From Paris to Rome, Woody keeps a steady pace

Like his prolific one-a-year filmography, this European tour by the world’s most famous filmmaking funnyman has been a series of hits and misses. Match Point was a miscast but masterful Hitchcockian thrill-ride while Scoop was poop. Vicky Christina Barcelona (easily my favourite so far) showed a playful Woody Allen at his most insightful. Still, one man’s hit can be another man’s miss. Perhaps expectations for this film were set high following the storming critical success of last year’s Midnight In Paris. I found the fairytale ‘what if’ scenario of that film to be a little trite and sloppy, lacking Allen’s dependable edge – while this year I’m genuinely surprised by the amount of bad press this new film is getting.

An introduction to the city comes via a traffic conductor whose opening monologue recalls the Italian master Federico Fellini’s Armacord, the host of which welcomes us to the town of Rimini (several of the film’s scenes are spoken in Italian and subtitled in Danish). This film is a much more casual affair than that classic, but Allen has still managed to bottle some Italian magic for us to savour. It’s a much broader canvas this time, with a large ensemble cast and a multi-stranded narrative: a tapestry of smaller ideas that remain narratively seperate yet weave rhythmically into a (mostly) satisfying whole. It’s not the first time Allen has chosen to work in this format – Deconstructing Harry being a primary if far lesser example.

Hayley (Pill) is a fine art student whose parents Jerry & Phyllis (Allen and Davis) are arriving in Rome to meet her newly minted Italian boyfriend (Parenti) and his parents. Jerry is a reluctantly retired opera director who on overhearing his daughter’s Italian father-in-law (Armiliato) sing in the shower, becomes convinced that the man’s voice is a gift from god and deserves to be heard. In the weakest of the story strands, an engaged Italian couple Antonio (Tiberi) and Milly (Mastronardi) arrive from the suburbs to meet Antonio’s upper class family and prospective employers.

While Milly gets lost in the big city, a case of mistaken identity leads to Antonio trying to pass off a prostitute called Anna (Cruz) as his fiancé to the elders of his largely underwhelmed family. Elsewhere, Leopoldo (Benigni) is introduced to us as the ‘average Italian man’, an office suit who suddenly becomes a media sensation. Perhaps the most interesting of the strands features Jesse Eisenberg (of The Social Network) as Jack who, despite being happy with his girlfriend Sally, finds himself caught in a series of trysts with the sexually magnetic Monica (Page), Sally’s best friend. The inclusion of a spectral architect whom Jack encounters on the street (Alec Baldwin) greatly enhances this particular vignette as the man lends his worldly wise commentary to the developments of this triangle, which may or may not reflect the man’s own life story.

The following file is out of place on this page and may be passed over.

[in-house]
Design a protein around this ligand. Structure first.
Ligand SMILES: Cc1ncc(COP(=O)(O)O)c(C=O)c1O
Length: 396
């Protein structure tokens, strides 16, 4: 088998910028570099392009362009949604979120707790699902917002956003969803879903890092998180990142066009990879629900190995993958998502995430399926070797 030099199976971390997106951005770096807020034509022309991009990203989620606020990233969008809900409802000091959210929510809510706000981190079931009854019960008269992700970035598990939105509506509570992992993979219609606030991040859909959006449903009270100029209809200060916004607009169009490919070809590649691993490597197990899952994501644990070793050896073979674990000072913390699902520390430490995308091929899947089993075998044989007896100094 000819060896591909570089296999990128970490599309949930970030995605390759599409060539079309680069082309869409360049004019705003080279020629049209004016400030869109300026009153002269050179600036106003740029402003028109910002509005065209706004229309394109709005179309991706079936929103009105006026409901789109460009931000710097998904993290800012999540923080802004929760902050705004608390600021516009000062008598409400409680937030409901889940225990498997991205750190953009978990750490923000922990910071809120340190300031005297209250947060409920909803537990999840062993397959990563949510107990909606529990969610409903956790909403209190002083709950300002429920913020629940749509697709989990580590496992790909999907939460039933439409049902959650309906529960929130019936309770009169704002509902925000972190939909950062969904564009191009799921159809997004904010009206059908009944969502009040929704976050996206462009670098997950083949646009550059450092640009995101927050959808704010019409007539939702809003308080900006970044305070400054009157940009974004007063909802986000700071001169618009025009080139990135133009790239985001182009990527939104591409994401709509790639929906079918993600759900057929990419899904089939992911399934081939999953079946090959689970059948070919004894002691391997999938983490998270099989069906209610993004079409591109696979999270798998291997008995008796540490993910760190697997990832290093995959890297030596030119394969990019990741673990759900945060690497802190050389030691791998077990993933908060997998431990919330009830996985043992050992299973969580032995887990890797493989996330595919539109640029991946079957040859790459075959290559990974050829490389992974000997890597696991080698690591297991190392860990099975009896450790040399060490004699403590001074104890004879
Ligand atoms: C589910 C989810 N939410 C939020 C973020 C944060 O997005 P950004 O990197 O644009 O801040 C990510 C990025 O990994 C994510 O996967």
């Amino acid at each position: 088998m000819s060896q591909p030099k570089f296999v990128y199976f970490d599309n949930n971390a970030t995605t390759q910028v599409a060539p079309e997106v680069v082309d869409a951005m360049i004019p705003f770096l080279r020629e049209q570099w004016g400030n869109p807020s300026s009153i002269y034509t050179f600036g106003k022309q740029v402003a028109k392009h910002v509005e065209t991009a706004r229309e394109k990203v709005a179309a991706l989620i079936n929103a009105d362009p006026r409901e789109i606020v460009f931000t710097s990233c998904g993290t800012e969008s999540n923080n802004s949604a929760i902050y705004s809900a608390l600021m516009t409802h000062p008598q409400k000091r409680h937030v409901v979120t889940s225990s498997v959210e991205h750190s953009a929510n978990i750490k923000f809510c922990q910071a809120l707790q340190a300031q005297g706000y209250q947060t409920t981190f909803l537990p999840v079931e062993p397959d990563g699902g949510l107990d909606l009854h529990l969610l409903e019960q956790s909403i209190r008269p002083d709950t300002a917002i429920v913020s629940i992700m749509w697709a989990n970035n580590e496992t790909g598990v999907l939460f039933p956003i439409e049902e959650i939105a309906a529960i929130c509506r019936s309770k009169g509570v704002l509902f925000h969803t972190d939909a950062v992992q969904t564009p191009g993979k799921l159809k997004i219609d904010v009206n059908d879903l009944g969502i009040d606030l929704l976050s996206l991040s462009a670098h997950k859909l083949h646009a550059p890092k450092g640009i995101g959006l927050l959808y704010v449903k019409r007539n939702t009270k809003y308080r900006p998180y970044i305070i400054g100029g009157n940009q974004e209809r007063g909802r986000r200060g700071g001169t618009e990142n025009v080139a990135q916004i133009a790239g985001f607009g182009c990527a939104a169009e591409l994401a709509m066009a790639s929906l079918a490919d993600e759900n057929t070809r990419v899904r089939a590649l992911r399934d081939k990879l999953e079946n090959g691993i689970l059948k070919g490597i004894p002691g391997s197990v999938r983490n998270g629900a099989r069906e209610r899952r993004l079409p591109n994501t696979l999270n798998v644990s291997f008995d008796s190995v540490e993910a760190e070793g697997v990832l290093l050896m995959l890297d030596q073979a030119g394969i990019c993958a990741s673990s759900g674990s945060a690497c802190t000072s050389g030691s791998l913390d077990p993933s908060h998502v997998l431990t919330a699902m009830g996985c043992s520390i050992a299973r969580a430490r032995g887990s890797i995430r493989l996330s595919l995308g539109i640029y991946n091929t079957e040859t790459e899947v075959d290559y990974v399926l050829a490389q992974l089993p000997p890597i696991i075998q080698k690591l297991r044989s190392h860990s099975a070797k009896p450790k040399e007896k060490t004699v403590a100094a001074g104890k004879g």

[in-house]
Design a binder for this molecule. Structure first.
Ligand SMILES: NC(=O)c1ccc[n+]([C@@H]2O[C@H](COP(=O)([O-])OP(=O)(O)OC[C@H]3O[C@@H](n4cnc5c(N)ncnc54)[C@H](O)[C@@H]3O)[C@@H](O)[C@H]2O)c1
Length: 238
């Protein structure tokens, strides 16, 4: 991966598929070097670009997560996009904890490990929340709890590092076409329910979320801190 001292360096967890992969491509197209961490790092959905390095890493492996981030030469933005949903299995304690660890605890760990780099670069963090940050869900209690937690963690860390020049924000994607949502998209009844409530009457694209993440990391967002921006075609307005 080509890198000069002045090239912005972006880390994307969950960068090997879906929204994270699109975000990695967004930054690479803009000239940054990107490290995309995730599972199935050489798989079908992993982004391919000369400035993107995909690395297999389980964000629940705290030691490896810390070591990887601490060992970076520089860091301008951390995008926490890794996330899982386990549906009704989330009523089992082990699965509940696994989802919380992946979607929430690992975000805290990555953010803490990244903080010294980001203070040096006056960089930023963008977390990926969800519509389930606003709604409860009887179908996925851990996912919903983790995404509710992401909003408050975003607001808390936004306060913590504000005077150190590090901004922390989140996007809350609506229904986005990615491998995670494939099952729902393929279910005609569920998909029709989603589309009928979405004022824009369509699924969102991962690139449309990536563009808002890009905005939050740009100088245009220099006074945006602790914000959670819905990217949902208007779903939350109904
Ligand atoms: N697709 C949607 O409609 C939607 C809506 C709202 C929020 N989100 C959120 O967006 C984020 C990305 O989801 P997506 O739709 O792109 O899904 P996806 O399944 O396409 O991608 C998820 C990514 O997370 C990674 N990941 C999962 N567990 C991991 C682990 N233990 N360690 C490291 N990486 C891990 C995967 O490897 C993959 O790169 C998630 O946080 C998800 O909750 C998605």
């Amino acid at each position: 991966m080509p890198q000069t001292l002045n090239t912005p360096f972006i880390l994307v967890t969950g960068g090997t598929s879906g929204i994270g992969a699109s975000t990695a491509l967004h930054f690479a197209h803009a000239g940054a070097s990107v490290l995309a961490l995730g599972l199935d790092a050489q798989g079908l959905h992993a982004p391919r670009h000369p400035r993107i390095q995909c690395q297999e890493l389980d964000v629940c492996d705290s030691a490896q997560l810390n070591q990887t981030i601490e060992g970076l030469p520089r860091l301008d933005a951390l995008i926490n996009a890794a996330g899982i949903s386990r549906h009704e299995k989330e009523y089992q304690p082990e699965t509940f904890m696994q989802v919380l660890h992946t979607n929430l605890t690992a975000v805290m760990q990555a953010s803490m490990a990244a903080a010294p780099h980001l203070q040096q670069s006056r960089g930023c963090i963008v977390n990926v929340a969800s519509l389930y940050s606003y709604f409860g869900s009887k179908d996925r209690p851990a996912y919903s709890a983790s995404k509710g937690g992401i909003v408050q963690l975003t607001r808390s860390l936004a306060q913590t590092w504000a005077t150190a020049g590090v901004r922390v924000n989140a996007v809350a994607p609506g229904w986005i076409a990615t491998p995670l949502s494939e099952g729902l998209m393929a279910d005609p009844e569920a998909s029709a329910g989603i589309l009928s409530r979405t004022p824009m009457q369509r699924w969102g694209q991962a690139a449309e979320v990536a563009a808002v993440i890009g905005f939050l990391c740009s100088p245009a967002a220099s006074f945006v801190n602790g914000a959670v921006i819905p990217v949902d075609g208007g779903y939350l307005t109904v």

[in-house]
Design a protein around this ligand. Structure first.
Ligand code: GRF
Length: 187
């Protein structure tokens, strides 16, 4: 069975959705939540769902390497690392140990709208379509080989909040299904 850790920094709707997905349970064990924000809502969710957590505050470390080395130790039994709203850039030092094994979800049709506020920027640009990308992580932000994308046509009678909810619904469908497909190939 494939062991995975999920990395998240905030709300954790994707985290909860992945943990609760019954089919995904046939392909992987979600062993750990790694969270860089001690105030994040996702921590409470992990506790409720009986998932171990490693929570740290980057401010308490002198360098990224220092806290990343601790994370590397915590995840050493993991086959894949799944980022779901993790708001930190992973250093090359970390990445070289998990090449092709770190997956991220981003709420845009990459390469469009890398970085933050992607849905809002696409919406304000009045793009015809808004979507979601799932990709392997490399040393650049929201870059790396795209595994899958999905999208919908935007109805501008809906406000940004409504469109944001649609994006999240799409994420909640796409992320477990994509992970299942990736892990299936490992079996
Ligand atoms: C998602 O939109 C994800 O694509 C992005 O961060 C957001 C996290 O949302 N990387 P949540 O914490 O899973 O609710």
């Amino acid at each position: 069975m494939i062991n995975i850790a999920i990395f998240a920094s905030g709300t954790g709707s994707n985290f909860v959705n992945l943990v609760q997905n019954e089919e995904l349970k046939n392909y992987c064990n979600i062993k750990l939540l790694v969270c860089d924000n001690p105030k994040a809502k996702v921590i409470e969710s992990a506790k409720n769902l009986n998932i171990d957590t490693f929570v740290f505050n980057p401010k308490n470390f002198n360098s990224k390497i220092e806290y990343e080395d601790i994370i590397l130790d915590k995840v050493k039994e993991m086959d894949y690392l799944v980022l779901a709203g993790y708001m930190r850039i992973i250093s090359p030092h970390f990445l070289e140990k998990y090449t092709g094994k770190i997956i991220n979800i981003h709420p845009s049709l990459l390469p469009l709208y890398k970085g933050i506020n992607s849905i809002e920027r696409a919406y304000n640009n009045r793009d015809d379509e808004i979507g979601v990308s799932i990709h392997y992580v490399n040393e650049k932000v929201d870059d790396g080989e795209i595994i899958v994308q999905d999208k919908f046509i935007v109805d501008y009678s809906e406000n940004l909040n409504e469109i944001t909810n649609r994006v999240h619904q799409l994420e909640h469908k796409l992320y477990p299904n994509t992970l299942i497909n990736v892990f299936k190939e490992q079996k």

While in its entirety the film seems uneven in tone, there is an underlying sense that with each story, Allen is highlighting that as futile as trying to escape our true nature may be, taking a holiday from ourselves can provide invaluable life lessons.

It may not be a reinvention of the Woody wheel, but compared with most romcoms that employ this now standard multi-strand format, it is almost a masterpiece. Take the risible Love Actually and add a measure of absurdity, subtract the cloying condescension and amplify the wit. It’s a warm, insightful and welcome diversion for summertime cinema goers. If you need a vacation from superheroes, aliens and the Olympics, you could do worse than watch Allen channel Fellini and put the Roma back in romance. 



To Rome with Love

Dir: Woody Allen;

US/Ita comedy, 2012, 102 mins; Woody Allen, Alison Pill, Judy Davis, Jesse Eisenberg, Alec Baldwin, Penélope Cruz, Alessandra Mastronardi, Roberto Benigni, Fabio Armiliato, Ellen Page
Premieres August 2
Playing nationwide

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